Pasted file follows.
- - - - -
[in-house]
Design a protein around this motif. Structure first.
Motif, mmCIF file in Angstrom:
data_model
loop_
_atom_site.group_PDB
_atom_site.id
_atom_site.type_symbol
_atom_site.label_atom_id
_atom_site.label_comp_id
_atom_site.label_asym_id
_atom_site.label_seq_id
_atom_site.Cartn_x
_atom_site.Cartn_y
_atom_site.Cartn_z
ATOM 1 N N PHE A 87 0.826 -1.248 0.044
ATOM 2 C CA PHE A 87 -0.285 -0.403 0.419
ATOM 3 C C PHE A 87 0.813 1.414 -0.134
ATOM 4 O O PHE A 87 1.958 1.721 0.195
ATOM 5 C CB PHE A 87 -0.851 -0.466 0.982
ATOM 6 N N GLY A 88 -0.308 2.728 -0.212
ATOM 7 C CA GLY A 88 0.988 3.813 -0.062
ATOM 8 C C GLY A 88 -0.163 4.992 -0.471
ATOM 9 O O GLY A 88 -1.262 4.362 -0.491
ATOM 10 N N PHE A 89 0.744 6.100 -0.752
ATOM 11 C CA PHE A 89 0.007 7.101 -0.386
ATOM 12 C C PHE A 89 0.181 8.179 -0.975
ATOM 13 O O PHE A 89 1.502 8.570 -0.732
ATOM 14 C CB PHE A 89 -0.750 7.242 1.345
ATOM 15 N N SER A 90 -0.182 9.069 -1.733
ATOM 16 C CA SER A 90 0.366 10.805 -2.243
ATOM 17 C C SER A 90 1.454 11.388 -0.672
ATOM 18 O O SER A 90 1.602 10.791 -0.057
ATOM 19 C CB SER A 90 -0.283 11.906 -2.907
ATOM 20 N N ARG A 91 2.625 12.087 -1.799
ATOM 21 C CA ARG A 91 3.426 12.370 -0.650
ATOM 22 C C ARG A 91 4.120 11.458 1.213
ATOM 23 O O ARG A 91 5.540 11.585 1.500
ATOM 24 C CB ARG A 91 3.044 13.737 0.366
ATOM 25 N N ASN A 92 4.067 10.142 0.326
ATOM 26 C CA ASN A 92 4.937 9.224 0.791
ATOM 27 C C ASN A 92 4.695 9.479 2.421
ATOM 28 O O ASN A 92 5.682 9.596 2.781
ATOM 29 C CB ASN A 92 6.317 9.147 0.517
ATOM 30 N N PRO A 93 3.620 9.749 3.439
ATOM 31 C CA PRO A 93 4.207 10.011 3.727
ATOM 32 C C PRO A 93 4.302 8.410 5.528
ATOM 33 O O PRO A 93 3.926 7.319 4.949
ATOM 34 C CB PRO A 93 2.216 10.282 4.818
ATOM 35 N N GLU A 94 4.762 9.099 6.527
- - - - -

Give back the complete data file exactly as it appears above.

[in-house]
Design a protein around this motif. Structure first.
Motif, mmCIF file in Angstrom:
data_model
loop_
_atom_site.group_PDB
_atom_site.id
_atom_site.type_symbol
_atom_site.label_atom_id
_atom_site.label_comp_id
_atom_site.label_asym_id
_atom_site.label_seq_id
_atom_site.Cartn_x
_atom_site.Cartn_y
_atom_site.Cartn_z
ATOM 1 N N PHE A 87 0.826 -1.248 0.044
ATOM 2 C CA PHE A 87 -0.285 -0.403 0.419
ATOM 3 C C PHE A 87 0.813 1.414 -0.134
ATOM 4 O O PHE A 87 1.958 1.721 0.195
ATOM 5 C CB PHE A 87 -0.851 -0.466 0.982
ATOM 6 N N GLY A 88 -0.308 2.728 -0.212
ATOM 7 C CA GLY A 88 0.988 3.813 -0.062
ATOM 8 C C GLY A 88 -0.163 4.992 -0.471
ATOM 9 O O GLY A 88 -1.262 4.362 -0.491
ATOM 10 N N PHE A 89 0.744 6.100 -0.752
ATOM 11 C CA PHE A 89 0.007 7.101 -0.386
ATOM 12 C C PHE A 89 0.181 8.179 -0.975
ATOM 13 O O PHE A 89 1.502 8.570 -0.732
ATOM 14 C CB PHE A 89 -0.750 7.242 1.345
ATOM 15 N N SER A 90 -0.182 9.069 -1.733
ATOM 16 C CA SER A 90 0.366 10.805 -2.243
ATOM 17 C C SER A 90 1.454 11.388 -0.672
ATOM 18 O O SER A 90 1.602 10.791 -0.057
ATOM 19 C CB SER A 90 -0.283 11.906 -2.907
ATOM 20 N N ARG A 91 2.625 12.087 -1.799
ATOM 21 C CA ARG A 91 3.426 12.370 -0.650
ATOM 22 C C ARG A 91 4.120 11.458 1.213
ATOM 23 O O ARG A 91 5.540 11.585 1.500
ATOM 24 C CB ARG A 91 3.044 13.737 0.366
ATOM 25 N N ASN A 92 4.067 10.142 0.326
ATOM 26 C CA ASN A 92 4.937 9.224 0.791
ATOM 27 C C ASN A 92 4.695 9.479 2.421
ATOM 28 O O ASN A 92 5.682 9.596 2.781
ATOM 29 C CB ASN A 92 6.317 9.147 0.517
ATOM 30 N N PRO A 93 3.620 9.749 3.439
ATOM 31 C CA PRO A 93 4.207 10.011 3.727
ATOM 32 C C PRO A 93 4.302 8.410 5.528
ATOM 33 O O PRO A 93 3.926 7.319 4.949
ATOM 34 C CB PRO A 93 2.216 10.282 4.818
ATOM 35 N N GLU A 94 4.762 9.099 6.527